Pinky-swearing to the FCC that you will add 28 hours of news and stationing a reporter in the state capital is apparently all it takes to outright own two of the top four stations in a market these days,
And even though the market isn’t in the top 100, it is nonetheless unsettling to watch as television speeds towards the current state of terrestrial radio.
Fewer owners from faraway places controlling the vast majority of stations.
Which is to say virtual irrelevance and financial instability.
It took the FCC ten weeks to get up the gumption to give its blessing to the acquisition of Red River’s KDLT in Sioux Falls, SD to Gray Television.
It was last July that the Department of Justice anointed the purchase.
Gray Television said in a statement issued Wednesday that it is “not commenting on the FCC decision or the transaction but we can confirm that Gray closed its acquisition of KDLT earlier today.”
Gray already owns KSFY in the market, but Nexstar’s KELO is, and always has been, the big dog in terms of advertising revenue.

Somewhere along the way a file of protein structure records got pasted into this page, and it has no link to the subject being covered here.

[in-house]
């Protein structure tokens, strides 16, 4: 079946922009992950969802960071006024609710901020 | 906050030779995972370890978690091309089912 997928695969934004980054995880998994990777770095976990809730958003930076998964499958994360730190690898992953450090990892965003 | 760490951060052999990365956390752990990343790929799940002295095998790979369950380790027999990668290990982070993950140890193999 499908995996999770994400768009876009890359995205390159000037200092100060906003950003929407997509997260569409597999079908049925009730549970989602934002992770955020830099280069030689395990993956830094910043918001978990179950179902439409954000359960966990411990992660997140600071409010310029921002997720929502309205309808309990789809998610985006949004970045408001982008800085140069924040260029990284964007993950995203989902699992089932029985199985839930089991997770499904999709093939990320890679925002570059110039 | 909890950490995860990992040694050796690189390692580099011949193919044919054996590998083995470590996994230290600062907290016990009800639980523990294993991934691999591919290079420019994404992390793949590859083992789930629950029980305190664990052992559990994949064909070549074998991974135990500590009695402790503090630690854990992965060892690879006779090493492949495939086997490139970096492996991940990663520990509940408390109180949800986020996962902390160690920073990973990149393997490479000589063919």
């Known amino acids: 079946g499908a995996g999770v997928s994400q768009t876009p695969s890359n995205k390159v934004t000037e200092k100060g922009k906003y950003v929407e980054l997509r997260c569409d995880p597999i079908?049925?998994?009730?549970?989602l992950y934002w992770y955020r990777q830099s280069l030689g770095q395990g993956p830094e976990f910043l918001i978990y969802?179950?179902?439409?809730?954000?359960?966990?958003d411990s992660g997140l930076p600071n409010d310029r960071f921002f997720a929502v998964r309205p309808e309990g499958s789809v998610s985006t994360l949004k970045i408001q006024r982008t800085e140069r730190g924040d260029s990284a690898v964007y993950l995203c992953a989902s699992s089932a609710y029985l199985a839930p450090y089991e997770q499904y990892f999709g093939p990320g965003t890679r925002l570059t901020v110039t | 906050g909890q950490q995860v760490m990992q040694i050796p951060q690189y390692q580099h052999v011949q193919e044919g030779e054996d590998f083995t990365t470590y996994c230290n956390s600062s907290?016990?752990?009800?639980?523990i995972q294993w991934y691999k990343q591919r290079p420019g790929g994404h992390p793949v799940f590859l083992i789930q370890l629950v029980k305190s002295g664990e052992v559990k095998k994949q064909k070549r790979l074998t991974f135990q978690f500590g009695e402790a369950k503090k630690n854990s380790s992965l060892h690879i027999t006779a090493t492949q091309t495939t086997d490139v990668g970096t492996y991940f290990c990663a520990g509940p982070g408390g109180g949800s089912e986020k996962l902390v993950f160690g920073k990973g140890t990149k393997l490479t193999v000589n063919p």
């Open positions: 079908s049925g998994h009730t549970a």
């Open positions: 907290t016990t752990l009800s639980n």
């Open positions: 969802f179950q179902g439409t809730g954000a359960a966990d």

And make no mistake, this $32.5 million purchase price for KDLT is all about revenue.
Now, those 28 hours of additional news will more than likely be added to the schedule (do the math and it’s roughly two hours per day per station) – but check closely and see how many new resources are brought on board to produce those newscasts.
Or does the lure of more commercial potential mean more story re-racks?
As for promising to put a reporter in the state capital, what wasn’t that already in place – year round, not just during the legislative winter party from January to March?
BTW, Gray also owns KOTA in Rapid City, the only other tv market in the state.
KELO, based in Sioux Falls, has had a satellite operation in RC forever.
We will give Gray some small props for going after outright ownership of two stations in the same market, rather than going down the Sinclair road of setting up shell corporations and passive “beards” to disguise its control in markets around the country.